By the time we got back to his kitchen, my frozen specimen was beginning to thaw and become slightly soggy, but we were still able to cut it open to get a good look inside. Then I had to find out more. Using what few hints we had, I went to Google Images and typed in "orange fruit spider repellent", and instantly gained access to the entire history of the Osage orange, aka horse-apple, hedge apple, Bois D'Arc, or Bodark, Maclura pomifera, monkey brains, and a multitude of other names. Turns out they're originally native to the Osage Nation area of Texas and Oklahoma, the Osage Indians found the wood of the Osage orange tree made the best bows and the fruits were indeed used as a spider repellent. The bush was spread throughout our country by farmers before the invention of barbed wire because it thrived in hedge rows around pastures and worked well to fence in cattle.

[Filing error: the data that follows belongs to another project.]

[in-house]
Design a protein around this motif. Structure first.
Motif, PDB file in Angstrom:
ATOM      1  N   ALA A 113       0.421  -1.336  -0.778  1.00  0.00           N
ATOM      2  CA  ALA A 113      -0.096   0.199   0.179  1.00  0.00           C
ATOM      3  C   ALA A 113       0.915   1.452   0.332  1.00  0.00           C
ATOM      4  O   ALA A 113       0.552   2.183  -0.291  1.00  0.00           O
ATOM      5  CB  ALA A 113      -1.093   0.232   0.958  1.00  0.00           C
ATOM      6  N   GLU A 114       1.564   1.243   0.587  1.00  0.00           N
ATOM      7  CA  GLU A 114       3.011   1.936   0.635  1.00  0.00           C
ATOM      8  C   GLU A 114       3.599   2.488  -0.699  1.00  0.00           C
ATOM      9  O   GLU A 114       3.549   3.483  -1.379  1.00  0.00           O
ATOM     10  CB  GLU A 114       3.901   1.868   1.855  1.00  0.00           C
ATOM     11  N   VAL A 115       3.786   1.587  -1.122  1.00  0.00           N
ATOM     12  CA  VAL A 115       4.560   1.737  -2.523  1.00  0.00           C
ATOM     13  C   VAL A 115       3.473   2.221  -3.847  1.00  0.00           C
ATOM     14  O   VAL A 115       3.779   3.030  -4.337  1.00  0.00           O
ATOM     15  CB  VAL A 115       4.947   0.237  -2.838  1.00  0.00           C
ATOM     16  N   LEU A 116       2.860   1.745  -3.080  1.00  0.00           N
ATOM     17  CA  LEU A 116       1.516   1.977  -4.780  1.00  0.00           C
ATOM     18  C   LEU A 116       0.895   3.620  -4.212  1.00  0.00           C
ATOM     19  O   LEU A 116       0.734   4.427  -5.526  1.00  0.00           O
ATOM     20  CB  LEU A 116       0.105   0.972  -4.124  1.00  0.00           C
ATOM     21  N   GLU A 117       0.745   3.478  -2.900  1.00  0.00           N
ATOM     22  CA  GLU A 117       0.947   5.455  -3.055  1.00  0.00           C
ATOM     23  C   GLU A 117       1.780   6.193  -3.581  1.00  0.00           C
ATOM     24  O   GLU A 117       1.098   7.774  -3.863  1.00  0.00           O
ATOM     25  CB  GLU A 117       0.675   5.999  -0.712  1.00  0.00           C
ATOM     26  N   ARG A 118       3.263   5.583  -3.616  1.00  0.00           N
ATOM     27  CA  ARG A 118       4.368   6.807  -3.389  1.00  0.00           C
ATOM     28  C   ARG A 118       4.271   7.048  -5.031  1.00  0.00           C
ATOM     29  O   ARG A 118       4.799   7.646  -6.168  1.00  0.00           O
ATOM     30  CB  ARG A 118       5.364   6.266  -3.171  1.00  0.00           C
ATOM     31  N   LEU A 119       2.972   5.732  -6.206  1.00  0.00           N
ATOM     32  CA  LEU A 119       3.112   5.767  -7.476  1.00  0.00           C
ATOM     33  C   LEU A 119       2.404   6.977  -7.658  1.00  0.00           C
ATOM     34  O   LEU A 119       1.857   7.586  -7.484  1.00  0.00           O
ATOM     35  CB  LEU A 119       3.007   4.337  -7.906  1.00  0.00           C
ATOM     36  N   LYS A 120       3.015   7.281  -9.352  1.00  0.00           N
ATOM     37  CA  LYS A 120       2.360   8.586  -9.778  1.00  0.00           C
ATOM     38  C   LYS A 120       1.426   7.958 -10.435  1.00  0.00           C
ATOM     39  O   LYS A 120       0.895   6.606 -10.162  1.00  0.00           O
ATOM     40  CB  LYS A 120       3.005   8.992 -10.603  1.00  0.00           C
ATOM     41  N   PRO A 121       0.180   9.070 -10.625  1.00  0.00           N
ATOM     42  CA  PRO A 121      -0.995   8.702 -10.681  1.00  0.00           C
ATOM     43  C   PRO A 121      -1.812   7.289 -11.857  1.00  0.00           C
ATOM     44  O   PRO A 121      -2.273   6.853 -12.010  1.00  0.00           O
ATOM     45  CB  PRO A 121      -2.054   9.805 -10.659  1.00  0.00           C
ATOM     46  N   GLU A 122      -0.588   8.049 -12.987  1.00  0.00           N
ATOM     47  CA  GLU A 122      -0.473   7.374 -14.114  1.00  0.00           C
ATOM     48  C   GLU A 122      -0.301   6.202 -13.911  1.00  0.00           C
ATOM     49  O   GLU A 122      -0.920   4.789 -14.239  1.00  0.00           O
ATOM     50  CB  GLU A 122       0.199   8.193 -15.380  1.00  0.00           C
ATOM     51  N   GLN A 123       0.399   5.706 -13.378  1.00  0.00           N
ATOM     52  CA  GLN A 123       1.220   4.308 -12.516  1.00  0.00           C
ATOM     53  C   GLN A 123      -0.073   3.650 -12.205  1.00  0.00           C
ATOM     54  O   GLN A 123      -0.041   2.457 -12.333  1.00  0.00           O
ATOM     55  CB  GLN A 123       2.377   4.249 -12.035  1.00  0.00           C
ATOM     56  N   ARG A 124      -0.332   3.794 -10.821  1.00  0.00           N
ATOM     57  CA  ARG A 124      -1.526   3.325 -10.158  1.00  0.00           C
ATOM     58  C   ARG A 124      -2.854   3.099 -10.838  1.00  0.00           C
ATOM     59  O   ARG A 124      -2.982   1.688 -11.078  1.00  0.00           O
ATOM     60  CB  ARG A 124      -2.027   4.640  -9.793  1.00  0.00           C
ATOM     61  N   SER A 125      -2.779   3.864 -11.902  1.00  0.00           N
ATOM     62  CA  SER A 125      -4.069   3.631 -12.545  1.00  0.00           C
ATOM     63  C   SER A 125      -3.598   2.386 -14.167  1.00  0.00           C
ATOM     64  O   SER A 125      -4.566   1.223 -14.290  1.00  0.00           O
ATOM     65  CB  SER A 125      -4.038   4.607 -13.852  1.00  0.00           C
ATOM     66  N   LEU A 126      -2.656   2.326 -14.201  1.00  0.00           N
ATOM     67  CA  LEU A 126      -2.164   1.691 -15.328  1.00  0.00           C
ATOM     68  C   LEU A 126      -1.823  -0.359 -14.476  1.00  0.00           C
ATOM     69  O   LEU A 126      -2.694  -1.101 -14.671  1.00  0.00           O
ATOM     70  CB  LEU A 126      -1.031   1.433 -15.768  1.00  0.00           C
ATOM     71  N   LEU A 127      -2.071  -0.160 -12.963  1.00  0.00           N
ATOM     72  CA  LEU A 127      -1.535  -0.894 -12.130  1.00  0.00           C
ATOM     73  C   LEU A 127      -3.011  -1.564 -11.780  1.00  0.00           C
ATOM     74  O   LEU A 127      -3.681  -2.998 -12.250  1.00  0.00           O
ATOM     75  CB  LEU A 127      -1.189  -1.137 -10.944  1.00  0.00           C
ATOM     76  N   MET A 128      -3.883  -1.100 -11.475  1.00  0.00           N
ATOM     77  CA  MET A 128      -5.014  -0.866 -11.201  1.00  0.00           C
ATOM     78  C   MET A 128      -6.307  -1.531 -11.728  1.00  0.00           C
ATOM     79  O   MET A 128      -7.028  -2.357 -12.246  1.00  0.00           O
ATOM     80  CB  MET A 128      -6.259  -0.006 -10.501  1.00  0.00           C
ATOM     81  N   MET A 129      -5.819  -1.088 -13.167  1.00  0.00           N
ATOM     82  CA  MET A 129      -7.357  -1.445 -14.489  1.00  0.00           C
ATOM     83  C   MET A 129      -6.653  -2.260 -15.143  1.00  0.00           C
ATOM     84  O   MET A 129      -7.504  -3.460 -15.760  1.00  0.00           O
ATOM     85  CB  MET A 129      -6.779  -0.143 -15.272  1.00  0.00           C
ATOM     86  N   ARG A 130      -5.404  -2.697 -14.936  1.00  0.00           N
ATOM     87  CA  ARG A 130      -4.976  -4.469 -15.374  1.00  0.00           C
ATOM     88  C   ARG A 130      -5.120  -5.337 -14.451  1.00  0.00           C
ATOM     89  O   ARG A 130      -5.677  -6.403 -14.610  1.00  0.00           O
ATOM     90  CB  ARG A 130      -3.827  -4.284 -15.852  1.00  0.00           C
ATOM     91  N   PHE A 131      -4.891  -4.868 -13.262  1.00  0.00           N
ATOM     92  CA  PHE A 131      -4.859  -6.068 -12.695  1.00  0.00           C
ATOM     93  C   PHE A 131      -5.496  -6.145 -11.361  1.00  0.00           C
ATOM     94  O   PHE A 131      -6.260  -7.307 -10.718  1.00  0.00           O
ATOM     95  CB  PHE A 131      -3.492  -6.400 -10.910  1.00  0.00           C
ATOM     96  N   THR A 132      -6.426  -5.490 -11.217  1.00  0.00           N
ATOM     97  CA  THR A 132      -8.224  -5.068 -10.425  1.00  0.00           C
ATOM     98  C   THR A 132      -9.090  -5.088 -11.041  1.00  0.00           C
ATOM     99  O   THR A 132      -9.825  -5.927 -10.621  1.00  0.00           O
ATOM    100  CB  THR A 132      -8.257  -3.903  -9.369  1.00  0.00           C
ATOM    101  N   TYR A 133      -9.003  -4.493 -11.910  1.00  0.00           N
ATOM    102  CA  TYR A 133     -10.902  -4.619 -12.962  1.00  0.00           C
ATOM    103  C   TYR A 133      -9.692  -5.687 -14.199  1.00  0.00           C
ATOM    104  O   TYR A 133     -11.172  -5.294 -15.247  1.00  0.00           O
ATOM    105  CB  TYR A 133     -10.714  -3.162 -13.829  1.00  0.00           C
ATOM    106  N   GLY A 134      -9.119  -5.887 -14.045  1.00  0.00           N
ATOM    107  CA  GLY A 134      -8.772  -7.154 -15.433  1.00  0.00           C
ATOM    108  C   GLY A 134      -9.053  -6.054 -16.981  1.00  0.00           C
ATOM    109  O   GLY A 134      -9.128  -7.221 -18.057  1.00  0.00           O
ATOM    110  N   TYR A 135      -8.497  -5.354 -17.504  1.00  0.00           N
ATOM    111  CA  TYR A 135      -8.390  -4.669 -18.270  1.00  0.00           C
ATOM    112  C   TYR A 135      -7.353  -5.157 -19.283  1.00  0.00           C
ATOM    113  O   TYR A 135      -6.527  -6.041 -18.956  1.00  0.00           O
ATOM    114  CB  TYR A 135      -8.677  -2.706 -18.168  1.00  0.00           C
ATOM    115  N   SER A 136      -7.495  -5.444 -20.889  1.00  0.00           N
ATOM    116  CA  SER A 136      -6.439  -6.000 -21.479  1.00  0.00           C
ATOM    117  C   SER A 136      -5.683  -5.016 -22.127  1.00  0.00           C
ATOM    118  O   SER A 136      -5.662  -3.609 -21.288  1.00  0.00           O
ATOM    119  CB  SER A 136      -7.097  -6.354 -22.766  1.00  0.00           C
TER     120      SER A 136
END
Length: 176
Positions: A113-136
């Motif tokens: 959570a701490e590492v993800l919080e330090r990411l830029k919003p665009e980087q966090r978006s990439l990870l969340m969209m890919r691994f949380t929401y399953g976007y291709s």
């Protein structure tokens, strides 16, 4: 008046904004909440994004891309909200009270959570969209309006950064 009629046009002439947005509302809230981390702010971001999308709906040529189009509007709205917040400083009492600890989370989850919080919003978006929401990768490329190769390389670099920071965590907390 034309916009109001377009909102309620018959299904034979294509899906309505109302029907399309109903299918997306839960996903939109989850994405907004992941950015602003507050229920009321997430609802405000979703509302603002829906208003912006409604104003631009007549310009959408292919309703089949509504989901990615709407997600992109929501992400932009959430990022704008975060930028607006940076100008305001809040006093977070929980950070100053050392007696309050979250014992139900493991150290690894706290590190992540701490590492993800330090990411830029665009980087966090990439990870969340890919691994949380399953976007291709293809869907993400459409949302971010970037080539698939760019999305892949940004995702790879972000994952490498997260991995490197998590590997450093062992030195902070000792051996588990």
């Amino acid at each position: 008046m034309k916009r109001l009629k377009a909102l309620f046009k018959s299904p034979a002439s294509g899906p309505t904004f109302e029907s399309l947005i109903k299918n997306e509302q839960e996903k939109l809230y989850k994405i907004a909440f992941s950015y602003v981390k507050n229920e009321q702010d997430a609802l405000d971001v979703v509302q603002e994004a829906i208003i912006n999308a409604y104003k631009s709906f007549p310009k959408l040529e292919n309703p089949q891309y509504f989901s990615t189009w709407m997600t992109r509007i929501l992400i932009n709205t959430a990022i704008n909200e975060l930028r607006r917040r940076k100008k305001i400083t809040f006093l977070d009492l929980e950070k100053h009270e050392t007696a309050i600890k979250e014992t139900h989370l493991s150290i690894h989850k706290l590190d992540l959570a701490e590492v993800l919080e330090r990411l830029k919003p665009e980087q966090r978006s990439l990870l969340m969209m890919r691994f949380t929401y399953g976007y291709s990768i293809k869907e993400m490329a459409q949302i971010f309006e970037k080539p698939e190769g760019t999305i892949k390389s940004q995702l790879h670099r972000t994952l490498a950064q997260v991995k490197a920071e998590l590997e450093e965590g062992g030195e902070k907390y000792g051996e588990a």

More pics of the Osage oranges we found.
Definitely NOT a fan of spiders in my home NOR harsh chemicals, now that I know where there is a supply of a "natural" spider repellent, next year I'll make it a point to gather a small basket of Osage oranges in the early fall - before the fruits have frozen on the vine.